Selling England By The Pound
Atlantic Records, 1973
REVIEW BY: Jeff Clutterbuck
ORIGINALLY PUBLISHED: 01/05/2011
Believe me, I have tried my best over the years not to get upset with the lack of respect towards certain musical artists. Personal tastes are going to make anyone biased, but I'd like to think that admitting those leanings don't detract from enlightening and entertaining discussions/arguments.
Genesis has sold millions of records around the world, received praise for decades, and been inducted into the Rock And Roll Hall Of Fame (for whatever that's worth). Odds are you mention the name, and someone can name at least one of their songs, though some may confuse '80s Genesis with Phil Collins and name one of those. That stylistic shift and the surge in popularity that accompanied it has led to the group's earlier work being comparatively ignored.
The epic "Supper's Ready" present on Foxtrot indicated to the world that Genesis had fully matured beyond some of the silliness that had populated the earlier albums. The Lamb Lies Down On Broadway became, depending on the opinion of the listener, their magnum opus, or progressive rock at its most bloated and overblown. Somewhere in between, the band delivered the most solid record from the Gabriel years in Selling England By The Pound.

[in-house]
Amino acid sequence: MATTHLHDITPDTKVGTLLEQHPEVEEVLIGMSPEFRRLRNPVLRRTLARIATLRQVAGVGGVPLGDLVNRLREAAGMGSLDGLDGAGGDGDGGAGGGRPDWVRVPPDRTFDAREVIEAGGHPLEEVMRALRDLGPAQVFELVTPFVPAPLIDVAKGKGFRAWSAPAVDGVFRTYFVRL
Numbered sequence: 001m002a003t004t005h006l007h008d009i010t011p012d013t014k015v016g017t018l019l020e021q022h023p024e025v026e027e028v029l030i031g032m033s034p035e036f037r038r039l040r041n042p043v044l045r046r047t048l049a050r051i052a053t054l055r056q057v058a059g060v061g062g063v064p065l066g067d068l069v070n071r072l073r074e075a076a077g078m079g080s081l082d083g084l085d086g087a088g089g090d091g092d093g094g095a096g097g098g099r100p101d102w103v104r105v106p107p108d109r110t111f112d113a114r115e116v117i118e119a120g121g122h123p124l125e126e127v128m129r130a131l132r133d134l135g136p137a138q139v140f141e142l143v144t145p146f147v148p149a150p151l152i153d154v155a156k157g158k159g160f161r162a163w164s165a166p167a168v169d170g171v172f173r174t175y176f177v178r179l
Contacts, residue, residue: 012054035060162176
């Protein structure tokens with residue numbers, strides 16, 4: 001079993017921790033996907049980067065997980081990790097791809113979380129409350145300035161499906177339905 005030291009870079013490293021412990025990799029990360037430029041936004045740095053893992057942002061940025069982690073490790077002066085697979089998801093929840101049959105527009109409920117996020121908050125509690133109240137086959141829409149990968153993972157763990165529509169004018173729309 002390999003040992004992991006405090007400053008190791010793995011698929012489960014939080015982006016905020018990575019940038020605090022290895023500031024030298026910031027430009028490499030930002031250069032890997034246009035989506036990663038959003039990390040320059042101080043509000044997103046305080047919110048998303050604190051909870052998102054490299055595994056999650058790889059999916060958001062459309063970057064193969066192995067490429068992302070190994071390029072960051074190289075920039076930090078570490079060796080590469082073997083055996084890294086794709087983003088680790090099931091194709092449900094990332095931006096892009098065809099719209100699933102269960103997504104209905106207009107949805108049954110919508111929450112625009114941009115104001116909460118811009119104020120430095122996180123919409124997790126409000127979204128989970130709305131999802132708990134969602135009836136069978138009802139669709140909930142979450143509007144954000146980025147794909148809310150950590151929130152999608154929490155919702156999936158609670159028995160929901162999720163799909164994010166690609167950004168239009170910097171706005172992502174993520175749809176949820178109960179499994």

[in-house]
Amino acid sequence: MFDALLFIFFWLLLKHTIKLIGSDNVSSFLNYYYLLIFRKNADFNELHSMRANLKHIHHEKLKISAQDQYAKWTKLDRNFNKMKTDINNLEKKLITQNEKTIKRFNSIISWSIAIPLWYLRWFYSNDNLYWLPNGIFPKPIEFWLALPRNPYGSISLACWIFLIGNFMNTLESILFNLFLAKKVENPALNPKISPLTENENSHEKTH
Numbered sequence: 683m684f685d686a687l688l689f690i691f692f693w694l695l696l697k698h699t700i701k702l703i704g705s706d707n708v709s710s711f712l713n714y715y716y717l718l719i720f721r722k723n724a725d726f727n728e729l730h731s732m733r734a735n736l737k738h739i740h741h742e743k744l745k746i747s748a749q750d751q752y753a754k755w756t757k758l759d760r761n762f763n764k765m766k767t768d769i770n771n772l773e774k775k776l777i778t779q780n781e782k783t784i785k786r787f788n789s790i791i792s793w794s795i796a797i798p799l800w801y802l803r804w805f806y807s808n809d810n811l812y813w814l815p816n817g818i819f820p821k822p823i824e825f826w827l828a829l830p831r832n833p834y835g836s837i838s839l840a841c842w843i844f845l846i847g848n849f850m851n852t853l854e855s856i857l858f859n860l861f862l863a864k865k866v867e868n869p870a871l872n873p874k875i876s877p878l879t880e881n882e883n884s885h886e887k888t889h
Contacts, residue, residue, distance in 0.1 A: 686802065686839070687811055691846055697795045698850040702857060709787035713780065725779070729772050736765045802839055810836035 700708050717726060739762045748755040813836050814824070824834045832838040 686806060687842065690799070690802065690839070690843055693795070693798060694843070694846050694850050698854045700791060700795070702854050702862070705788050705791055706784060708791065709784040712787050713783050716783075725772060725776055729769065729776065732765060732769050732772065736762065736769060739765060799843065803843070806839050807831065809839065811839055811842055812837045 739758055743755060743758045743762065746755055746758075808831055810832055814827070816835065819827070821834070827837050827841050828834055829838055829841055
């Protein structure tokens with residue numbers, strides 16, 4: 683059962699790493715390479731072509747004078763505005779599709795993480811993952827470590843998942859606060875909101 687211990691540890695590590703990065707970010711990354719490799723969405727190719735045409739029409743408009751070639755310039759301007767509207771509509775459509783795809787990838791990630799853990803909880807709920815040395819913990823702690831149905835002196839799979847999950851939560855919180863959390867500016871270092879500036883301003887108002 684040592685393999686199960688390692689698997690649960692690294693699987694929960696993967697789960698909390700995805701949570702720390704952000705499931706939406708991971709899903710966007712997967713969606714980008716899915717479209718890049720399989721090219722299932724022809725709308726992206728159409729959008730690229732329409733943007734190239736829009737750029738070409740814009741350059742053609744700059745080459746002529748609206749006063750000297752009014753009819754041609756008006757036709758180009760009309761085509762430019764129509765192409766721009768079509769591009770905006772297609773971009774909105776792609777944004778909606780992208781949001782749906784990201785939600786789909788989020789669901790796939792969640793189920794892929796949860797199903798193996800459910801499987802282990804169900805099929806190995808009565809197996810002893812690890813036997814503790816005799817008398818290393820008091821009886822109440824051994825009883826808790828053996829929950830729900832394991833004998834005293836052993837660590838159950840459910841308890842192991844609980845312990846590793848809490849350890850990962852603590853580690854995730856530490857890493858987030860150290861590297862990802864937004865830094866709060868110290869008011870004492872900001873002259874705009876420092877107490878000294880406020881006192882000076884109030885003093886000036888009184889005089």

While both of the incarnations of Genesis have their value, it is the Peter Gabriel-led efforts that are undoubtedly the more avant-garde and groundbreaking work. Nothing against what Collins, Banks, and Rutherford did as time went on, but from a pure, musical perspective, records like Selling England By The Pound are just more bloody interesting!
The band has expressed seemingly nothing but positive thoughts when discussions of Selling England have arisen. The tensions that would mark the following records were still somewhat in their infancy. The need to fill strong instrumental sections of music with tightly compacted lyrics is a sticking point that obviously still resonates between Gabriel and his band mates, but even that quibble only rears its head on the "The Battle Of Epping Forest."
The years Genesis had put in as a cohesive group really shows through the course of the record. Their early, Beatles-inspired pop leanings finally find a home in the "hit" single off the record ("I Know What I Like [In Your Wardrobe]"), while updated takeoffs on early classics such as "The Musical Box" pack just as much punch as their predecessors. By this point, each member of the group was secure in their place in the band, as well as their true talent levels.
Genesis has the record sales to back up their musical legacy, and the solo careers of Gabriel and Collins show just how talented the band was: they were just two pieces of an incredibly successful puzzle. Yet again, their acclamation in the public eye has been centered on their shift towards '80s pop music and not their progressive epics of the '70s. In this critic’s opinion, it should be the other way around.
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